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Zoopharmacognosy + my interview for Johnny Vedmore's podcast
A quick post, for a change!
This is a very quick post to share two things.
One, Dr. Mercola published my article about zoopharmacognosy, i.e. animals who self-medicate. Sometimes my curiosity about the world leads me down random rabbit holes, the subject of self-medicating animals is one of those. It is really quite fascinating, both in general and in a philosophical sense.
What’s interesting is that just a few years ago, the BBC (!!) was okay with talking about allowing animals to “treat themselves” by letting them choose a remedy from a range of medicinal substances and herbs. Now though? Forget about it. Even licensed human doctors aren’t allowed to prescribe anything that deviates from the party line! Anyway, here is the article about animals:
“Zoopharmacognosy” is a type of animal behavior in which animals self-medicate
Many species of animals are known to select and ingest or topically apply plants, soils and insects with medicinal properties, in order to prevent or reduce the harmful effects of pathogens, toxins, etc.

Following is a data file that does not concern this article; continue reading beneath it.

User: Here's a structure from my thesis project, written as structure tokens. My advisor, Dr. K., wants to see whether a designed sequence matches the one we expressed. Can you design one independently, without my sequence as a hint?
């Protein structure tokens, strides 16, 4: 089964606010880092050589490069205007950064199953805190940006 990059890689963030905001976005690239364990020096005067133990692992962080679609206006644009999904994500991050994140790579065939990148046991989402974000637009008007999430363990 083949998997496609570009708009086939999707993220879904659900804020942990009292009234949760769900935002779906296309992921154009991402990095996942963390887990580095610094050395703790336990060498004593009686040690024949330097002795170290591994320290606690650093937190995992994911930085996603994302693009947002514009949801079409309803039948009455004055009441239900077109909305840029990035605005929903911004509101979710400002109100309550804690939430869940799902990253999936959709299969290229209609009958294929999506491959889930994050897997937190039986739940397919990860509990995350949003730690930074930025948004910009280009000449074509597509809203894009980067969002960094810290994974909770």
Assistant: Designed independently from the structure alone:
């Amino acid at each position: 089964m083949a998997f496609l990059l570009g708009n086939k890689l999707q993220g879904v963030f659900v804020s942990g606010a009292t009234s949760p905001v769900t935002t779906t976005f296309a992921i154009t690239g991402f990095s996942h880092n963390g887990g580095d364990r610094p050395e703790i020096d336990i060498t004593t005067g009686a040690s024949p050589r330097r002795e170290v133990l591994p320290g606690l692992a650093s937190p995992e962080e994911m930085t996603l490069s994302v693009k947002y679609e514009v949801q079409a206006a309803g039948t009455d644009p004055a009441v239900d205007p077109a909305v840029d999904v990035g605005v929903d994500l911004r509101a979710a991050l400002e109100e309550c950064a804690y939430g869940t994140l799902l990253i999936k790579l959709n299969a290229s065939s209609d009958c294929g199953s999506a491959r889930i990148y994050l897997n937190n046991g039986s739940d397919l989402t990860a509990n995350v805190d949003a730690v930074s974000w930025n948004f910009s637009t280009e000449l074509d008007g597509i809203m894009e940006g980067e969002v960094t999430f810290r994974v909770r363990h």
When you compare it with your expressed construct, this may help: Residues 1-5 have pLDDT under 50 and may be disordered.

Baboons in Ethiopia eat the leaves of a plant to combat the flatworms that cause schistosomiasis
Fruit flies lay eggs in plants containing high ethanol levels when they detect parasitoid wasps, a way of protecting their offspring
Red and green macaws, along with many animals, eat clay to aid digestion and kill bacteria
Pregnant elephants in Kenya eat the leaves of some trees to induce delivery
And two, I was interviewed by Johnny Vedmore for his podcast, and we went down more rabbit holes.
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